Land use change alters river run-off and evatotranspriration across Europe


Since the 1950s, Europe has undergone large shifts in climate and land cover. Previous assessments of past and future changes in evapotranspiration or streamflow have either focussed on land use/cover or climate contributions or on individual catchments under specific climate conditions, but not on all aspects at larger scales. Here, we aim to understand how decadal changes in climate (e.g. precipitation, temperature) and land use (e.g. deforestation/afforestation, urbanization) have impacted the amount and distribution of water resource availability (both evapotranspiration and streamflow) across Europe since the 1950s. To this end, we simulate the distribution of average evapotranspiration and streamflow at high resolution (1 km2) by combining (a) a steady-state Budyko model for water balance partitioning constrained by long-term (lysimeter) observations across different land use types, (b) a novel decadal high-resolution historical land use reconstruction, and (c) gridded observations of key meteorological variables. The continental-scale patterns in the simulations agree well with coarser-scale observation-based estimates of evapotranspiration and also with observed changes in streamflow from small basins across Europe. We find that strong shifts in the continental-scale patterns of evapotranspiration and streamflow have occurred between the period around 1960 and 2010.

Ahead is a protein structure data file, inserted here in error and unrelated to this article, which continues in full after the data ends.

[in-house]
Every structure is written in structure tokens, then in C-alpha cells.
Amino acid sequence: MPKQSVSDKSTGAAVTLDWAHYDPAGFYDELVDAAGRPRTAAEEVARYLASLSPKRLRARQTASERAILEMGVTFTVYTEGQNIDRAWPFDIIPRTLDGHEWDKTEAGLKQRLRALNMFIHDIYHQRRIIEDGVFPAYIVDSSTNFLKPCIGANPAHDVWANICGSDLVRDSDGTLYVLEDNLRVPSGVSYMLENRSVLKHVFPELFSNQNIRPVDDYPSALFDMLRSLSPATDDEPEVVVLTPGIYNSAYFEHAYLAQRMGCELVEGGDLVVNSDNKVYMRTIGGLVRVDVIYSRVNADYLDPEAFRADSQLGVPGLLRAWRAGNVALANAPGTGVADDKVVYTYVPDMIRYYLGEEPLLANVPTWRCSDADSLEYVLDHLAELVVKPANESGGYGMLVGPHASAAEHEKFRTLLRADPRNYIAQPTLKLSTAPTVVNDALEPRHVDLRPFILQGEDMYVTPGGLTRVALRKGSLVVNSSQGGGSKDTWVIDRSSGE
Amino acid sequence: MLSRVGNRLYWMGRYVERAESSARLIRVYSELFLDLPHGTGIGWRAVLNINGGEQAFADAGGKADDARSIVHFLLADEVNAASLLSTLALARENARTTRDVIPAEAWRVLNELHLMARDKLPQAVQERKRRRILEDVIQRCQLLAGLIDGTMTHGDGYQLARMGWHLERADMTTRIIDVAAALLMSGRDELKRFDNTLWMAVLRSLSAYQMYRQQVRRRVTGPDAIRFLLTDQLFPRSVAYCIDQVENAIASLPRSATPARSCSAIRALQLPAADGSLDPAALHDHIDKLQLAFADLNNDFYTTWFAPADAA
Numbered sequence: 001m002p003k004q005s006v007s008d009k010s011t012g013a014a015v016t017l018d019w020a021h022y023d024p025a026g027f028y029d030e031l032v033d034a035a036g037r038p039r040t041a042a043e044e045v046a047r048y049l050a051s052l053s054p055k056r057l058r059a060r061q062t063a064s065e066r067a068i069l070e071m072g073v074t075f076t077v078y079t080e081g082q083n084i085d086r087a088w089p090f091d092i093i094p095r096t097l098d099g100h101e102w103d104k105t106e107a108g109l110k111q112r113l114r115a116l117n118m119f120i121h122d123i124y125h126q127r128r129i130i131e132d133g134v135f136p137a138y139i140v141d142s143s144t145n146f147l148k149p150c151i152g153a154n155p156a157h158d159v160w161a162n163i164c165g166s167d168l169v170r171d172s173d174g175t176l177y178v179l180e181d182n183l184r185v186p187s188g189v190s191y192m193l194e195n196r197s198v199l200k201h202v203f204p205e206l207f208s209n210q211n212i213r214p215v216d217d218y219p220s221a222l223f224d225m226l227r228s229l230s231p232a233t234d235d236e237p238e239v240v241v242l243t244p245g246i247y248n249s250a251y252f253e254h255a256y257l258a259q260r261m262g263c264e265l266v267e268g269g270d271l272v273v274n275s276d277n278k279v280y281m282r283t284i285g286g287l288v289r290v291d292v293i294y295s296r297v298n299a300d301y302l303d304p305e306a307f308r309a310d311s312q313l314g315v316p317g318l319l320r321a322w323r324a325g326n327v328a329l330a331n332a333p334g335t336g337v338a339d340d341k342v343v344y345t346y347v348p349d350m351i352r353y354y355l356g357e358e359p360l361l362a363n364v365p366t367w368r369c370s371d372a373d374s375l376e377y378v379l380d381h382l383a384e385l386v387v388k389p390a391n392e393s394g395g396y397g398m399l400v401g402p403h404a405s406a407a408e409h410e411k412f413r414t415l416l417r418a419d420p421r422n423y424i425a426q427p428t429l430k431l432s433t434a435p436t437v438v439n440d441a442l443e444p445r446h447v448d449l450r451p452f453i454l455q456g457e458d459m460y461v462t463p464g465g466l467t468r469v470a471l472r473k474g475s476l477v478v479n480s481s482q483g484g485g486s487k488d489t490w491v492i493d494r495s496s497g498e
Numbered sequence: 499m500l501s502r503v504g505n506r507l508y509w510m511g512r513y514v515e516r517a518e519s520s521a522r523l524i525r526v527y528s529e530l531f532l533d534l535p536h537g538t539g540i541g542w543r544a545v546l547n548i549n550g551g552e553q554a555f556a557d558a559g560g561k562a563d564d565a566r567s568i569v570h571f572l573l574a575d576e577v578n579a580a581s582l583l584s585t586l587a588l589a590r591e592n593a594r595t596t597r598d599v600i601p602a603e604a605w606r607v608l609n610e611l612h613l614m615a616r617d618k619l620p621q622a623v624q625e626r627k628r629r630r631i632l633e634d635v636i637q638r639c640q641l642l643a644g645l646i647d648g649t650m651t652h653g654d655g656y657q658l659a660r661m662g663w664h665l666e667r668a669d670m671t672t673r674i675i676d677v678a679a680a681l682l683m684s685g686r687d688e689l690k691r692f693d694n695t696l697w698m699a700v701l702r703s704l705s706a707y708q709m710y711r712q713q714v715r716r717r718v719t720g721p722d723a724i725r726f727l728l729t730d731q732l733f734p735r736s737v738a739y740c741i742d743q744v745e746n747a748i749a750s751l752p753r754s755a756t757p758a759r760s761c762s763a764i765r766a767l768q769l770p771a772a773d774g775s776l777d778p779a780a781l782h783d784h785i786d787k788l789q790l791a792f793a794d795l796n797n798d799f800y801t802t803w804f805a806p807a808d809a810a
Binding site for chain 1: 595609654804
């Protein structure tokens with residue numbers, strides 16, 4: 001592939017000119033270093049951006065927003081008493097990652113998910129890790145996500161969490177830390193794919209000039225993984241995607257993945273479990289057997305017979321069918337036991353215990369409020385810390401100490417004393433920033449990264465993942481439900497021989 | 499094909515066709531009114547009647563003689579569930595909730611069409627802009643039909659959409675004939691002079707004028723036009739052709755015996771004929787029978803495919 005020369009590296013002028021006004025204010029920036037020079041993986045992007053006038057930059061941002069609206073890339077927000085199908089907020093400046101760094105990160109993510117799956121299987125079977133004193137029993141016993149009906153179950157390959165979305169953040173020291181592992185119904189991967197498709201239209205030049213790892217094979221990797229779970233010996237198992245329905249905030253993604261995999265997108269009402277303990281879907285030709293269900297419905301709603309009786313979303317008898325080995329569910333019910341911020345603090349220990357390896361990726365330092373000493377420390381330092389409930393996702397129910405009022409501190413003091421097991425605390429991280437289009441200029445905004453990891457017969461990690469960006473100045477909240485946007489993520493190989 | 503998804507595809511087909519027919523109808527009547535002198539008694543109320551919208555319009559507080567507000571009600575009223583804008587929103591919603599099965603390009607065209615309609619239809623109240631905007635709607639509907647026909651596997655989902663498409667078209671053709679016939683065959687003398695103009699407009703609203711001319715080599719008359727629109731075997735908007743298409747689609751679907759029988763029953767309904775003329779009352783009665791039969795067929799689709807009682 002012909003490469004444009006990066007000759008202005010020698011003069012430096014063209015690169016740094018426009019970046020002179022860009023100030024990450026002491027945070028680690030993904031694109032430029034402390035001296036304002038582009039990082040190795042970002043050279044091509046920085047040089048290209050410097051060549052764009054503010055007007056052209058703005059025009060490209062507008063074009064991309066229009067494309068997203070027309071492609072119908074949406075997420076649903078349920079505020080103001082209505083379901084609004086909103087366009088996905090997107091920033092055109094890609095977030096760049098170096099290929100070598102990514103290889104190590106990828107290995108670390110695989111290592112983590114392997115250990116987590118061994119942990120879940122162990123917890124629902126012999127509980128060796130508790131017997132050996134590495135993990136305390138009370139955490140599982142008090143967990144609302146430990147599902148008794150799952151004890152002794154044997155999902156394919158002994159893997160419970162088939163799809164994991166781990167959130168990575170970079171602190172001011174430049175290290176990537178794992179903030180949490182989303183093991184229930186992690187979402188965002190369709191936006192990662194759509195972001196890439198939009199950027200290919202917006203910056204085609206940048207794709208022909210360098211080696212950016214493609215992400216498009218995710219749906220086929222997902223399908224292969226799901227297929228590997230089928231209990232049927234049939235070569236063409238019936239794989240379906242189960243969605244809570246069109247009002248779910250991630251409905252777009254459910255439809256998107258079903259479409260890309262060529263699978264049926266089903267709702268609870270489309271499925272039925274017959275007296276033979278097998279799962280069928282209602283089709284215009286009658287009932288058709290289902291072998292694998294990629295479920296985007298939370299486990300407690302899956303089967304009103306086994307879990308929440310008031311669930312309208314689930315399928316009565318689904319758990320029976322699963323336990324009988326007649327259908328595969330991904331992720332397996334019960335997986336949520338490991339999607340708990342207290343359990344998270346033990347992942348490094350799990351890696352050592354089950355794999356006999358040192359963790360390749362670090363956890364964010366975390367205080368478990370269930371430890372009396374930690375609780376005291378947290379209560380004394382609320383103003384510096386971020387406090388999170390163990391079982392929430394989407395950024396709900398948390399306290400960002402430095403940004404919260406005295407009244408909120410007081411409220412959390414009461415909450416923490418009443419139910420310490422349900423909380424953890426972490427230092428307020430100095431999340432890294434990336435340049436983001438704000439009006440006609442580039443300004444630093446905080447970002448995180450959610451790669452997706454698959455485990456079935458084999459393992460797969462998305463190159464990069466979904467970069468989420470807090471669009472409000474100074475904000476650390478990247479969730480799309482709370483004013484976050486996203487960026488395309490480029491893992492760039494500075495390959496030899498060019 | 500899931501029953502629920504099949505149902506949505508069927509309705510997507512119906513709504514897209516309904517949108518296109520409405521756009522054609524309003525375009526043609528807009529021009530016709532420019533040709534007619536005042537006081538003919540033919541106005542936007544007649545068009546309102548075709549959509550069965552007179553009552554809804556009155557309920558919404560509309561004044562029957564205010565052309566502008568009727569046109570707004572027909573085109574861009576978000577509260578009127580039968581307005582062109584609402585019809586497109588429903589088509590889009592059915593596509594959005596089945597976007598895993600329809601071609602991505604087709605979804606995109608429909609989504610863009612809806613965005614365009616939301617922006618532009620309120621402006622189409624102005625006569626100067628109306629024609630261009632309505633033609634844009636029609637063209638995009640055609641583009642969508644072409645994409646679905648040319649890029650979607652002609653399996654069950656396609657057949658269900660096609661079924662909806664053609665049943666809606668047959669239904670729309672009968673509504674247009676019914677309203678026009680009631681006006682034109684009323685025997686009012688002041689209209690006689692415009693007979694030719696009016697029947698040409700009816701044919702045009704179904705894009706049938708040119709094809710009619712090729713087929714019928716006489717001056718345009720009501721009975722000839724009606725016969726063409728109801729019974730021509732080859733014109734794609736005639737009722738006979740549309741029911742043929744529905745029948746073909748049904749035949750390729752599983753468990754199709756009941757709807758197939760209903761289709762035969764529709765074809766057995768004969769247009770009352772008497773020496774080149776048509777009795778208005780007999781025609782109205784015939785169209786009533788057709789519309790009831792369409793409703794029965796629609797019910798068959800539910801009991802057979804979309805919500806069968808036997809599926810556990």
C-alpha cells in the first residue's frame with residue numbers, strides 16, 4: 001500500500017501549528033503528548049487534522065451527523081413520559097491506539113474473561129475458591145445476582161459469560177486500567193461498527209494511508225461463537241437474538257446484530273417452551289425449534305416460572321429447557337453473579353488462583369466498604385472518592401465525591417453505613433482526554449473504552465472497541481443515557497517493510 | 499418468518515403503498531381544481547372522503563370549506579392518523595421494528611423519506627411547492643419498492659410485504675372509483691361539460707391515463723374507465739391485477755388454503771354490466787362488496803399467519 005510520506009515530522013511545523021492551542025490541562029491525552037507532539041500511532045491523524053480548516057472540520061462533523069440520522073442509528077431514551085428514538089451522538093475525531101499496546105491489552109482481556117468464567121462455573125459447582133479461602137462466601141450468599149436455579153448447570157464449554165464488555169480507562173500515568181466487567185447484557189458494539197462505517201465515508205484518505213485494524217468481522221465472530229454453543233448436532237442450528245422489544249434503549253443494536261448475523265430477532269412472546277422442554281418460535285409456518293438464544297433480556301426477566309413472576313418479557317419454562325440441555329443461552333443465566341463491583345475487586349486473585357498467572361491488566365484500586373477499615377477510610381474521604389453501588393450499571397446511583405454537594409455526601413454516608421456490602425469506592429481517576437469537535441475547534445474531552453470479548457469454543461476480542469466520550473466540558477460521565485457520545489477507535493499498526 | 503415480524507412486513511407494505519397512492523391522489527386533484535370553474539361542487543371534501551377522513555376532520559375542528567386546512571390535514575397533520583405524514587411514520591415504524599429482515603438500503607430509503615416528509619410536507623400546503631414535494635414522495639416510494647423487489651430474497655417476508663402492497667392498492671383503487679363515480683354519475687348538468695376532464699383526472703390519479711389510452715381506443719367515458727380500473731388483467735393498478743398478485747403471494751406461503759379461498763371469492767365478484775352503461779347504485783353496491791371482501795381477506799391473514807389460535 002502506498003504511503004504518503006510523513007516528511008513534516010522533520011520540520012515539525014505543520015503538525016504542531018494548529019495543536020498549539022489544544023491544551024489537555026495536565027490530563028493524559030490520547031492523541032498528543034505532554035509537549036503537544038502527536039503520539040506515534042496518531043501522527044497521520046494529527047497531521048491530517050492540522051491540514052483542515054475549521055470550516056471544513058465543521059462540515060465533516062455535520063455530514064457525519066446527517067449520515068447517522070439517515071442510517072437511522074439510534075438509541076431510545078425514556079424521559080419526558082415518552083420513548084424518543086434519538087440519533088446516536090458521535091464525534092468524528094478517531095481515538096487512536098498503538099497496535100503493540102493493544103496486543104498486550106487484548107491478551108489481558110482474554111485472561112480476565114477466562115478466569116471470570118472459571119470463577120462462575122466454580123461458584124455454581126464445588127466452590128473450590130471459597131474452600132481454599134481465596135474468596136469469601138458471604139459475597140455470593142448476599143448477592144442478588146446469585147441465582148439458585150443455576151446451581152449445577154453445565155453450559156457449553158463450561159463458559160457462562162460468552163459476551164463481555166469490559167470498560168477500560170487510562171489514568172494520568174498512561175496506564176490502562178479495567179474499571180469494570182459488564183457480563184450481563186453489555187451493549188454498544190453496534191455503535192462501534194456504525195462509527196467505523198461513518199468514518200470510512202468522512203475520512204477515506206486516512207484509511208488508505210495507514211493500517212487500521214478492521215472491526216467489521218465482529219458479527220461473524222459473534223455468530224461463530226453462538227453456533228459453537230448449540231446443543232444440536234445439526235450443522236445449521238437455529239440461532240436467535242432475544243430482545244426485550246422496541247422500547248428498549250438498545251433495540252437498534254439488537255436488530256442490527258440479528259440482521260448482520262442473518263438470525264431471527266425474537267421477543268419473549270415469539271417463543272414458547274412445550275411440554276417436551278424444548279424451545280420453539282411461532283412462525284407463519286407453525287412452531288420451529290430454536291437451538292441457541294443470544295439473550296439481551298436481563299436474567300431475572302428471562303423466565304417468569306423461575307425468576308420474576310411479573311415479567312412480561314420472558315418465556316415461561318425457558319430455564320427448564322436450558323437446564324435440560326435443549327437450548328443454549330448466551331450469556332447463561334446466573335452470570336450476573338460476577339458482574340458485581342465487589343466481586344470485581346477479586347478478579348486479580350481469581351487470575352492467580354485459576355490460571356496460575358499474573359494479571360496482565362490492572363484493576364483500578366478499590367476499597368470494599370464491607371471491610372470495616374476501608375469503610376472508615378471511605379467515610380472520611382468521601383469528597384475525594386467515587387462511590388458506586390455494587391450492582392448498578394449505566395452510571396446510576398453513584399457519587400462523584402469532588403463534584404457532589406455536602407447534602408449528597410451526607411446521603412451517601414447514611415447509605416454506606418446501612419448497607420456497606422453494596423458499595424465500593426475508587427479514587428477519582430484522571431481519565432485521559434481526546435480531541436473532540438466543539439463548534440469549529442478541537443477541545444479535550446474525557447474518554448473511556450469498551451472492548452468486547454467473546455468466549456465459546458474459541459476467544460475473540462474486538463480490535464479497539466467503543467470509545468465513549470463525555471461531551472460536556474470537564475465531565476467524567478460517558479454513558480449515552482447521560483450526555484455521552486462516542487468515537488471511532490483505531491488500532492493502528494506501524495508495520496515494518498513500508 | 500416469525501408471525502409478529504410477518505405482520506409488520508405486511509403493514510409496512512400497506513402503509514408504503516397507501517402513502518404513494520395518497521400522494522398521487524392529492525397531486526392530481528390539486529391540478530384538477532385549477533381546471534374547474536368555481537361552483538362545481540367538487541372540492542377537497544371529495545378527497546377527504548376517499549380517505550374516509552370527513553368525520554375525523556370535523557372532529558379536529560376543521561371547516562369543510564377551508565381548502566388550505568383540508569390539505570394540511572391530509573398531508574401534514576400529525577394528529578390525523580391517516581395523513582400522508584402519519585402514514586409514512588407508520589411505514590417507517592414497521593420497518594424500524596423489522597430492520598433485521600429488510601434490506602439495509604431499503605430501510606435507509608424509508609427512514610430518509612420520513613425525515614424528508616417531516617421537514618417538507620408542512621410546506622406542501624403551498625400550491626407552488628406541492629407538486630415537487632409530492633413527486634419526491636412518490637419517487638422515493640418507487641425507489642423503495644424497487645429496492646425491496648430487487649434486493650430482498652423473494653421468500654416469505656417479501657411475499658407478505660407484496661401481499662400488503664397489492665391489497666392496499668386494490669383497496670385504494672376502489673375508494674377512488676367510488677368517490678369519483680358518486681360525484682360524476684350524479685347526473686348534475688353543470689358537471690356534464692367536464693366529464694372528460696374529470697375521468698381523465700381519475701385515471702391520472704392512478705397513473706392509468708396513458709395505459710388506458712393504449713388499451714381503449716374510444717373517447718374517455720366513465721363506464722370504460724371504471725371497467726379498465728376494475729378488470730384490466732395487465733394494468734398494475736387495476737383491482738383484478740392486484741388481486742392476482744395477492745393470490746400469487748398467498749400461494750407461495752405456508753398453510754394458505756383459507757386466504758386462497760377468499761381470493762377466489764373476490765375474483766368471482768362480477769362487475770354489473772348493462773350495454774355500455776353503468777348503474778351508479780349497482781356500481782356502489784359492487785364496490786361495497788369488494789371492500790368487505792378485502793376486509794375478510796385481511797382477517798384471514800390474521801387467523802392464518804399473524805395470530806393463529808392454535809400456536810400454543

In much of central-western Europe, our results show an increase in evapotranspiration of the order of 5 %–15 % between 1955–1965 and 2005–2015, whereas much of the Scandinavian peninsula shows increases exceeding 15 %. The Iberian Peninsula and other parts of the Mediterranean show a decrease of the order of 5 %–15 %. A similar north–south gradient was found for changes in streamflow, although changes in central-western Europe were generally small. Strong decreases and increases exceeding 45 % were found in parts of the Iberian and Scandinavian peninsulas, respectively. In Sweden, for example, increased precipitation is a larger driver than large-scale reforestation and afforestation, leading to increases in both streamflow and evapotranspiration. In most of the Mediterranean, decreased precipitation combines with increased forest cover and potential evapotranspiration to reduce streamflow. In spite of considerable local- and regional-scale complexity, the response of net actual evapotranspiration to changes in land use, precipitation, and potential evaporation is remarkably uniform across Europe, increasing by ∼ 35–60 km3 yr−1, equivalent to the discharge of a large river. For streamflow, effects of changes in precipitation (∼ 95 km3 yr−1) dominate land use and potential evapotranspiration contributions (∼ 45–60 km3 yr−1). Locally, increased forest cover, forest stand age, and urbanization have led to significant decreases and increases in available streamflow, even in catchments that are considered to be near-natural.


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Richard Fuchs

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